Myself, I saw the prelim which gave notice about ticks, but I noticed that casting did not communicate that threat to the stand-ins or background actors working the next day.
Work in Woods and Sex-Scene Work Unannounced to Stand-Ins
I have been on a job where the production shot in the woods. The stand-ins were not informed, and one stand-in wore short shorts to work that warm day. For her scene, she was instructed to run through thicket. This caused her legs to be scratched by the tall natural brush.
Later, we stood in in a sex scene in the woods, lying on top of each other on muddy ground. While we were on a protective mat, we were not informed of the close work of a sexual nature, nor the dirty conditions in which we would be working.
Work Outside in Mud Unannounced to Stand-Ins
I was on a job wherein a day-playing stand-in presumed the production was in a soundstage. She showed up in new wedges (shoes), but her work was going to be in a muddy outdoor set.
She was not informed about those work conditions in advance. As a result, production had to get appropriate footwear for her to work.
Stand-Ins Not Informed of Exterior Work in Severe Cold and Snow, and That Interior Work Required Holding Outside
I was on a job wherein we were shooting interiors in a small cabin, which meant most crew members had to be outside in the snow and severe cold while we shot. Holding was too far away to stay there between takes.
A stand-in who was not informed about these work conditions reported to work with footwear that would not protect his feet from the very cold and snowy conditions for a 12+-hour workday. At nightfall, he was supposed to shoot along the icy water’s edge, when it was forecast also to snow.
He was not informed of these work conditions in advance and could not have prepared, especially if casting simply described his scenes as “interior” scenes.
The Liability to Productions When Stand-Ins Are Not Equally Informed (and Equally Treated) as Crew Members or Background Actors
These longstanding gaps in the perception and treatment of stand-ins create a liability for stand-ins when they work on a TV or film production.
Without advance information about their work days, stand-ins cannot adequately prepare for the work they will be doing, nor can they refuse the work they are being offered before showing up to work.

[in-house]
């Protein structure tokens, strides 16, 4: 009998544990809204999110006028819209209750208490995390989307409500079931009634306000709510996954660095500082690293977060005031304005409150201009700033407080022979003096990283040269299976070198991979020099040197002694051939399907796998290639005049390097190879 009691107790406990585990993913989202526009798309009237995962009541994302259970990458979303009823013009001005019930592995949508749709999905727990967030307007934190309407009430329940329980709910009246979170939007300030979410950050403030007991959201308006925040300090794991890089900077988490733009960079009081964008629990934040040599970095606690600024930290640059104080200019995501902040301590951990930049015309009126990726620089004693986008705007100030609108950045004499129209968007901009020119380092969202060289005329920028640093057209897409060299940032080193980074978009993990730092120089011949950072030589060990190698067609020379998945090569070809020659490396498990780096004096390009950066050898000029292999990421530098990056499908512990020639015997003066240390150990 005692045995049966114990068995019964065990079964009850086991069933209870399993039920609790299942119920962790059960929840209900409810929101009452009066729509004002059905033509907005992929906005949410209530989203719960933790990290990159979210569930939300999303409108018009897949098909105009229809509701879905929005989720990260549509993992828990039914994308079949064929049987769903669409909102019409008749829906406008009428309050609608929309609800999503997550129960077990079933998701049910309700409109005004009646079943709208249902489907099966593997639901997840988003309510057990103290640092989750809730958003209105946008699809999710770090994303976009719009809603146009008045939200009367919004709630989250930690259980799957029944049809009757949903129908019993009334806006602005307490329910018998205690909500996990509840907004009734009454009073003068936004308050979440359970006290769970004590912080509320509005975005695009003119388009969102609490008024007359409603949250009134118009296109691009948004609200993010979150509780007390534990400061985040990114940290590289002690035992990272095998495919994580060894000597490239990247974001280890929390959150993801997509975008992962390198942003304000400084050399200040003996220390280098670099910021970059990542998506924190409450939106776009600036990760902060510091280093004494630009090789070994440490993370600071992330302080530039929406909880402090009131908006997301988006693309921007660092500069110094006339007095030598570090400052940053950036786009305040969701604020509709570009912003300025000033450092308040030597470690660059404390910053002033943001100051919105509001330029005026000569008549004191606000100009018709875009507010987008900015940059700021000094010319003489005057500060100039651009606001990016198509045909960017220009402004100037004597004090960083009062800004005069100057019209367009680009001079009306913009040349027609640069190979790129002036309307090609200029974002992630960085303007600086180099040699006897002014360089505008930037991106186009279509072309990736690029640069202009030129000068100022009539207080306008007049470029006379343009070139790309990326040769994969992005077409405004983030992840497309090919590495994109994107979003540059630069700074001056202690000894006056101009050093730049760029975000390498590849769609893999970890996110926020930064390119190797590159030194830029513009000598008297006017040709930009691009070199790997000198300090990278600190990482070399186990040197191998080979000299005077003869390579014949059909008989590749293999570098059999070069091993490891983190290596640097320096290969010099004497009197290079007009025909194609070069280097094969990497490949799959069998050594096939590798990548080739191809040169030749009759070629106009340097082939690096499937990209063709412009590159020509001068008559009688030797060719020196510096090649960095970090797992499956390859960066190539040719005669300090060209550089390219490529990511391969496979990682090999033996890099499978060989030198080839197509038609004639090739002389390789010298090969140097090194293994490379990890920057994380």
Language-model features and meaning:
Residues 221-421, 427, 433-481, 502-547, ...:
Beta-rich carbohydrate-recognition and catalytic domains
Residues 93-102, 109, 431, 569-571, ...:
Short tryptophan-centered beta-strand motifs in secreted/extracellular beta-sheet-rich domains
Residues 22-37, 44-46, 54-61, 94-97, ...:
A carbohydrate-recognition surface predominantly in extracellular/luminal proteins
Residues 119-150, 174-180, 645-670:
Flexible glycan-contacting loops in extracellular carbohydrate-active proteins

Stand-ins are thus put in a position of potential danger when they work — of showing up underprepared for the work conditions, or of putting themselves into situations threatening to their health or well-being. This is actually quite stressful at times — booking a stand-in job, and showing up to work not sure what to expect, when the cast surely knows what to expect, as does most of the crew members.
That liability stand-ins face is translated to the productions. The employers who hire stand-ins become liable for any problems their stand-ins face from lack of information, and the background casting directors who function as agents of the employers become liable when they do not properly inform stand-ins in advance of the nature of their work.
If stand-ins find themselves in harm’s way as a result of the gaps in communication about unsafe, dangerous, hazardous, or objectionable work conditions, productions may find themselves in trouble with SAG-AFTRA or the National Labor Relations Board. They may also be facing preventable workers’ compensation claims in the event of an injury or illness afflicting a stand-in on the job.
SAG-AFTRA Needs to Know (and Act Decisively and Strongly)
Insofar as SAG-AFTRA stand-ins working under the TV/Theatrical Agreement and other union collective bargaining agreements do not grieve to SAG-AFTRA about these gaps of advance information about their work conditions, SAG-AFTRA cannot seek remedy with the offending productions, file claims, or seek arbitration on yours and other stand-ins’ behalf.
So stand-ins are urged to report to SAG-AFTRA field reps, business reps, and SAG-AFTRA in general these failures to communicate advance information to stand-ins, in the hopes something can be done about the longstanding and now especially more dangerous issue.